Use Git Bisect to Find Bugs in Your Codebase

  1. Blogging for Hippo
  2. Schedule Sales with WooCommerce
  3. The Problem with Focus
  4. Give Thanks
  5. Be Thankful for the People Who Inspire You
  6. Give Yourself Space
  7. Build Resources From Support
  8. How Hard Can Membership Be?
  9. Adding Social Media Icons to WooCommerce Product Pages
  10. How to Export WooCommerce Subscriptions
  11. Upgrade Your Contact Form With Ninja Forms
  12. Why I Write
  13. Blog Comments Policy
  14. Content Marketing Works – Even with Furnace Filters
  15. Making Email from Your Website More Reliable with Email Delivery Tools
  16. A Happiness Podcast?
  17. Podcast Compensation
  18. Wishlists Done Right
  19. Enable Free Shipping on a Per Product Basis
  20. Improve Your Writing with the Hemingway Editor
  21. Tell Users What You're Doing
  22. 2014 Business Review
  23. Mind Your Own Business
  24. Think Different to 10x Your Business
  25. Let Projects Die
  26. Maximize Your Creative Energy
  27. Use Git Bisect to Find Bugs in Your Codebase
  28. My Personal Value of Remote Work
  29. Don't Spam Email Receipts
  30. Make Your Own Luck
  31. Cold Showers and the Power of Challenges

I've spent most of this week talking about business. But today I really wanted to share a cool tool with you. If you're a fan of using Git on the command line you'll love this. I'm going to show you how to use git bisect to find bugs. It will help you narrow down when exactly a bug was created.

You'll find this very helpful when you start working on repositories that have hundreds of contributors (WooCommerce has more than 300!). Many times it's hard to figure out exactly when a bug was created and with hundreds of commits between releases it's critical you know how to go through them quickly.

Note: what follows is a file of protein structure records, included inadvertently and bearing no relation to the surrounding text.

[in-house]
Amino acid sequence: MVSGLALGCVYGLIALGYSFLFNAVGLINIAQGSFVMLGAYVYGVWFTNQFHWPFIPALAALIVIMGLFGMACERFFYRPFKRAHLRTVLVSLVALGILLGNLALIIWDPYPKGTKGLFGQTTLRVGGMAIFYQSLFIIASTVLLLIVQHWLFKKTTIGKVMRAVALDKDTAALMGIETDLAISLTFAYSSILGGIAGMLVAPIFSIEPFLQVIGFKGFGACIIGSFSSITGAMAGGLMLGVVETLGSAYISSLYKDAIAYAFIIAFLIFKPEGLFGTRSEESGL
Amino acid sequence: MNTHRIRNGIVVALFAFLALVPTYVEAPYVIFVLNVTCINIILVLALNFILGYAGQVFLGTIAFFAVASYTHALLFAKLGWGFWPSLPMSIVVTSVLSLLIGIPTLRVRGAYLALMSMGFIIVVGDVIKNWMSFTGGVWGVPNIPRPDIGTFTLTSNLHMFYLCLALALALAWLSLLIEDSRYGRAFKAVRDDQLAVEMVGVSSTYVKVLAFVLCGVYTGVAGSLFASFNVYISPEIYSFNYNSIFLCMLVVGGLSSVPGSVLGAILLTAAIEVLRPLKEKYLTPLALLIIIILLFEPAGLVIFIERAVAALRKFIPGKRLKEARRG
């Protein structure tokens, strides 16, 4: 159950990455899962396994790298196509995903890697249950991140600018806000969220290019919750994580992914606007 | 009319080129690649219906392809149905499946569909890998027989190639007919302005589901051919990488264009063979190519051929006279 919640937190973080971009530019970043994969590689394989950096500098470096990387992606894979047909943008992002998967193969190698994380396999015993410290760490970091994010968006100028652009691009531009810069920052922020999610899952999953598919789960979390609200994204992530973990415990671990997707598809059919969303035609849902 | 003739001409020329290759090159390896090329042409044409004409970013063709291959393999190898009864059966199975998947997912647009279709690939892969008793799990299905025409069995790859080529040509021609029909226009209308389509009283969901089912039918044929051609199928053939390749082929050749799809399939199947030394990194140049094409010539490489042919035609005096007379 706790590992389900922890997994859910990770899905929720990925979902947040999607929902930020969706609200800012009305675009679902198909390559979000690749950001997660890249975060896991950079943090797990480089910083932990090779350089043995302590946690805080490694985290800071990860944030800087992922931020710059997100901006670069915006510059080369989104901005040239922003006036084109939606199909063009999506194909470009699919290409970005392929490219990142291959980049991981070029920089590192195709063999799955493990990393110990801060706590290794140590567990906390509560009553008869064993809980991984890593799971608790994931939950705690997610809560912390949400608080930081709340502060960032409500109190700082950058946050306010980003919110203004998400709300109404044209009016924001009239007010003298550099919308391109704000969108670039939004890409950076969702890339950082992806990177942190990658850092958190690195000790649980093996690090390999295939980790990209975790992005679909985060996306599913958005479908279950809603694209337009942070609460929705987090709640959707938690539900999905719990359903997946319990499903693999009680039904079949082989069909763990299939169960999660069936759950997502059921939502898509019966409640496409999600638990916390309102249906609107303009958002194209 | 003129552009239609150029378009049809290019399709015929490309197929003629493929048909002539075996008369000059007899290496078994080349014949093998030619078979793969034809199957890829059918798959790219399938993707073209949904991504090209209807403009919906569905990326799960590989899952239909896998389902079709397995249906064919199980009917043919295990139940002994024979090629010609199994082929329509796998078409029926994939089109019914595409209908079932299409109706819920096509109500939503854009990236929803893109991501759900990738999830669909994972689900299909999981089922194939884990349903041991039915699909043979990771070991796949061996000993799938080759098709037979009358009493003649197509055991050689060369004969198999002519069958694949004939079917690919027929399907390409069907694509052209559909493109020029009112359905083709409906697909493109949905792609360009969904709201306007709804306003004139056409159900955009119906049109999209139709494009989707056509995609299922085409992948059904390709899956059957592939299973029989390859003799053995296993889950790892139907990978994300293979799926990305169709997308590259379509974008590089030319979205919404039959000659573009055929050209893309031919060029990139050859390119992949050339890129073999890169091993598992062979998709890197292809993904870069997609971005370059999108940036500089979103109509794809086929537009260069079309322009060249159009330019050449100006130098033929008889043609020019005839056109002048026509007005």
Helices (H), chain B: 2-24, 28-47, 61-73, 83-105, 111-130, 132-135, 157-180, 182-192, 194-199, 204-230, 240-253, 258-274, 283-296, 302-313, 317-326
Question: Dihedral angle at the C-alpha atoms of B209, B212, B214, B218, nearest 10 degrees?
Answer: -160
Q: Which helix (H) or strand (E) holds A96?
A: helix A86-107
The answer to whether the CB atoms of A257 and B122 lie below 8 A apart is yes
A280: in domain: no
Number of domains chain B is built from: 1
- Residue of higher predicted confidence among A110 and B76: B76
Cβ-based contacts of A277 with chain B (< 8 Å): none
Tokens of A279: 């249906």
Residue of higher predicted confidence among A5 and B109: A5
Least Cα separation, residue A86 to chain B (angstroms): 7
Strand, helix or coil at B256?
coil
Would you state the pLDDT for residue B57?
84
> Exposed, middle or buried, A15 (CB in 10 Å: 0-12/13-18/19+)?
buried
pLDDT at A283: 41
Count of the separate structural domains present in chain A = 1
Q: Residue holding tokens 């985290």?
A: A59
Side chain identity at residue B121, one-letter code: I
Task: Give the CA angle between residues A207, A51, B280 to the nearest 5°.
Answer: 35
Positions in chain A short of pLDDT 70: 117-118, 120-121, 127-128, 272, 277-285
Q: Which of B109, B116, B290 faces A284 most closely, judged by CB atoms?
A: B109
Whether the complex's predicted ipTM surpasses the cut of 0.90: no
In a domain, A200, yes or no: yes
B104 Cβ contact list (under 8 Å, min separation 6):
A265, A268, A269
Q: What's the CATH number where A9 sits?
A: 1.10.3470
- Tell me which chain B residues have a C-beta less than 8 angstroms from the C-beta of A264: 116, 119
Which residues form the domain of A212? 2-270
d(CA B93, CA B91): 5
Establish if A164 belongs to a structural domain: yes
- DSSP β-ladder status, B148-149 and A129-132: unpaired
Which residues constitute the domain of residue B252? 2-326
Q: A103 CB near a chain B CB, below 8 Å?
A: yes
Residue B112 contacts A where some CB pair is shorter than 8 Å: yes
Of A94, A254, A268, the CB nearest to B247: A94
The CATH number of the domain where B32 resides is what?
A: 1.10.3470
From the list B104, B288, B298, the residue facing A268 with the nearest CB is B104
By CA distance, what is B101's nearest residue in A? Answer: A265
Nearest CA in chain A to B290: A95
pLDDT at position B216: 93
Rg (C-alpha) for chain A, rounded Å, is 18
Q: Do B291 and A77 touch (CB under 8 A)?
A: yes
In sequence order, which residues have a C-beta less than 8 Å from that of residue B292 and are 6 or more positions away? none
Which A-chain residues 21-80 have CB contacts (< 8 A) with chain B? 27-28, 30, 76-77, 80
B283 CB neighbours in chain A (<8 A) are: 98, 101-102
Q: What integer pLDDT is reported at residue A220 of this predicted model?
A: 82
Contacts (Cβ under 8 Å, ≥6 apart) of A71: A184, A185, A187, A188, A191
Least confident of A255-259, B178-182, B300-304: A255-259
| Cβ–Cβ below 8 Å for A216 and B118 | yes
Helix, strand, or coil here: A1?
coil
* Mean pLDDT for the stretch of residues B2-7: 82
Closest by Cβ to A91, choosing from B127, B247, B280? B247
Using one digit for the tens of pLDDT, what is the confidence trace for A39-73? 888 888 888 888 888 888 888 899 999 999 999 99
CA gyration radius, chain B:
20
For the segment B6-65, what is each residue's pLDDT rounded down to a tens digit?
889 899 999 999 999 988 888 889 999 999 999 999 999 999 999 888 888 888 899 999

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A WordPress Plugin Deployment Shell Script

Writing plugins for yourself or others is a natural step for a developer that uses WordPress. Unfortunately if you want to share your plugins with the WordPress community that means submitting them to the WordPress plugin repository and there is one really sucky part about that – learning Subversion.

Subversion, or SVN, was great years ago when Git didn't exist. But since the emergence of GitHub, Git has become hugely popular and produces far fewer headaches than SVN. As a result new developers don't even bother learning SVN. Why learn to drive a stick shift when you can drive an automatic that has better gas mileage and more control?

With a lot of googling and several hacking sessions I took an existing shell script and modified it so that is does all of the cumbersome SVN for you. It will pull down the latest version of your Git repo, reproduce it in SVN, and push the changes to the WordPress plugin repository. It will even move your plugin assets (including the header image and screenshots) to the appropriate spot in the SVN repo.

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